Hockey Gods



Uploaded By: PRESIDENT on December 2nd, 2016

Gus Ryder
C.N.R.A. Canadian National Railway Hockey Team Captain 1923
Toronto & York Industrial League, 1925-26

Augustus Joseph "Gus" Ryder - Born January 11, 1899 in York, Ontario ~ Died May 23, 1991 in Toronto, Ontario.

Ryder excelled at a half-a-dozen sports and always seemed to play alongside some of the immortals of the game: semi-pro Hockey with Con Smythe, rowing with Joe Wright Jr. at the Argonaut Club, baseball at Christie Pitts with Cannonball Scott.

Ryder was a defenseman for the Aura Lee junior Hockey team, and was a one-time first round draft choice of the short-lived Pittsburgh Yellow-Jackets Hockey team.

Ryder might have developed into a great all-round athlete, had it not been for an incident when he was 18. He was playing Hockey one cold winter day on Granadier Pond in Toronto when the ice gave way and two of his friends fell through. In rescuing the boys, Gus himself was trapped under the ice. He made a vow at that moment that he would learn all about swimming and life saving, and to teach it.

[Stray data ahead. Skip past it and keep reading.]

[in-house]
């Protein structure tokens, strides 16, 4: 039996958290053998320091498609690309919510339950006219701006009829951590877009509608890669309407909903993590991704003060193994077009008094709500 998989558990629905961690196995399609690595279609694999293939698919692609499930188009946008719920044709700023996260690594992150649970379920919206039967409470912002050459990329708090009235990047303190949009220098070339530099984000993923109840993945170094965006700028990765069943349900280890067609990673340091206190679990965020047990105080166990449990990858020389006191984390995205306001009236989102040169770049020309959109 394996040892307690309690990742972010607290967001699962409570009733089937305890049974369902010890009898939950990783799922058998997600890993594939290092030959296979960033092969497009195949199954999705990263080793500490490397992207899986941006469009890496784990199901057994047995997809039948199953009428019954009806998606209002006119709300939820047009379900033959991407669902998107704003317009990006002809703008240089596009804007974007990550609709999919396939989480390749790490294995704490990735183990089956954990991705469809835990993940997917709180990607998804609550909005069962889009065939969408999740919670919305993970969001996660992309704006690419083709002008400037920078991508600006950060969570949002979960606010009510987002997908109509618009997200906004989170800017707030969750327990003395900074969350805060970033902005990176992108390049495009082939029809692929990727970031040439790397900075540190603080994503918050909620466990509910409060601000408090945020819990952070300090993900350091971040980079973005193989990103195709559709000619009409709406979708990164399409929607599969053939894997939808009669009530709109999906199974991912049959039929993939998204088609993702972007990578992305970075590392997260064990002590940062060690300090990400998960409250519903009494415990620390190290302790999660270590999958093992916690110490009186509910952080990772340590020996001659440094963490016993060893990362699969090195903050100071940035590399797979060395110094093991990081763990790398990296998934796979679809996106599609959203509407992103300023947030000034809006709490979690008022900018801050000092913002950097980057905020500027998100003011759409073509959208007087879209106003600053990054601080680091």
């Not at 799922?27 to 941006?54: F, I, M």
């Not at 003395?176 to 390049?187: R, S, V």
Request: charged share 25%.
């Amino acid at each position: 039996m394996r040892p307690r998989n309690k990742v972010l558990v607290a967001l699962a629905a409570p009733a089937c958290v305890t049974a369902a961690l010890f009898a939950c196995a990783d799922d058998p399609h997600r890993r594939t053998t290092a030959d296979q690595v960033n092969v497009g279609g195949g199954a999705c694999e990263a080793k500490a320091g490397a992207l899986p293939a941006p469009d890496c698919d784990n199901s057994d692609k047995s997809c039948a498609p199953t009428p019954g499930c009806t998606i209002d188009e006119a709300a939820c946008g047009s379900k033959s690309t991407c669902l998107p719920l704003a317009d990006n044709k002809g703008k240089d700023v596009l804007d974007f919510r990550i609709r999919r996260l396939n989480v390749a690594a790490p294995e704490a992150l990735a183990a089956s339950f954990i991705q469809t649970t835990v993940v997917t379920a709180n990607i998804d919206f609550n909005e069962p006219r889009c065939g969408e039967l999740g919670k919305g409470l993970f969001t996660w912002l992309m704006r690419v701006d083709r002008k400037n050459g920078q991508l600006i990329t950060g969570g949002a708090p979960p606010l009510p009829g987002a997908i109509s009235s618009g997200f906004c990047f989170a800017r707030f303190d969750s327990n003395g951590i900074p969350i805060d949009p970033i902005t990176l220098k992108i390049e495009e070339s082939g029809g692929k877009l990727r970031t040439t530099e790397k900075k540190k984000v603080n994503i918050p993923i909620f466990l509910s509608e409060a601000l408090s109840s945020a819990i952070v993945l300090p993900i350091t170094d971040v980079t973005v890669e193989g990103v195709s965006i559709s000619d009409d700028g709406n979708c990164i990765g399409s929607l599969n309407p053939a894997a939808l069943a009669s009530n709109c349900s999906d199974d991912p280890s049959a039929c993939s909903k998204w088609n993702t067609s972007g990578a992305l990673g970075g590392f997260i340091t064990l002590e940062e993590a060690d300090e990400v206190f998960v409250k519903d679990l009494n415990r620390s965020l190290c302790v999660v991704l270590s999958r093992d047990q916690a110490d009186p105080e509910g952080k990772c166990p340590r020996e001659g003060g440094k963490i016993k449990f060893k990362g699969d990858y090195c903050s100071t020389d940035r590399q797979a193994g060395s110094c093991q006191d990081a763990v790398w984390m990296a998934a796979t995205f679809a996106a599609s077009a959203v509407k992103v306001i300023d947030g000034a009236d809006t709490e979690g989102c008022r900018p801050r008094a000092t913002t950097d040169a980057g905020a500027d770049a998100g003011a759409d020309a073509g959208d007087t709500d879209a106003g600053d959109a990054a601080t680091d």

Ryder would teach thousands of youngsters the skills of swimming and life saving and brought new hope to the handicapped. Gus Ryder had every reason to be proud of his achievements. Yet he was prouder of the achievements of teaching physically disabled youngsters to swim at his Lakeshore Swimming Club which he founded in 1930, watching a crippled boy wheel his chair to the poolside, jump into the water and swim across, or a blind boy outrace much older boys who had their sight. "I'd rather work with crippled kids than coach an Olympic Champion," he once said.

Ryder was also an avid handball player and good at it, having represented Canada four times internationally. At the age of 78, he won a gold medal in the 70-80 year age bracket in the Seniors Olympics Event in Los Angeles.

Gus Ryder was inducted into the Canada's Sports Hall of Fame in 1963.

Gus Ryder was inducted into the Mississauga Sports Hall of Fame for 1978.

In 1978, Gus Ryder received the highest civilian award possible, the Order of Canada.


No comments have been made yet.


Please login to comment. Click here to sign up. It's quick, easy and free!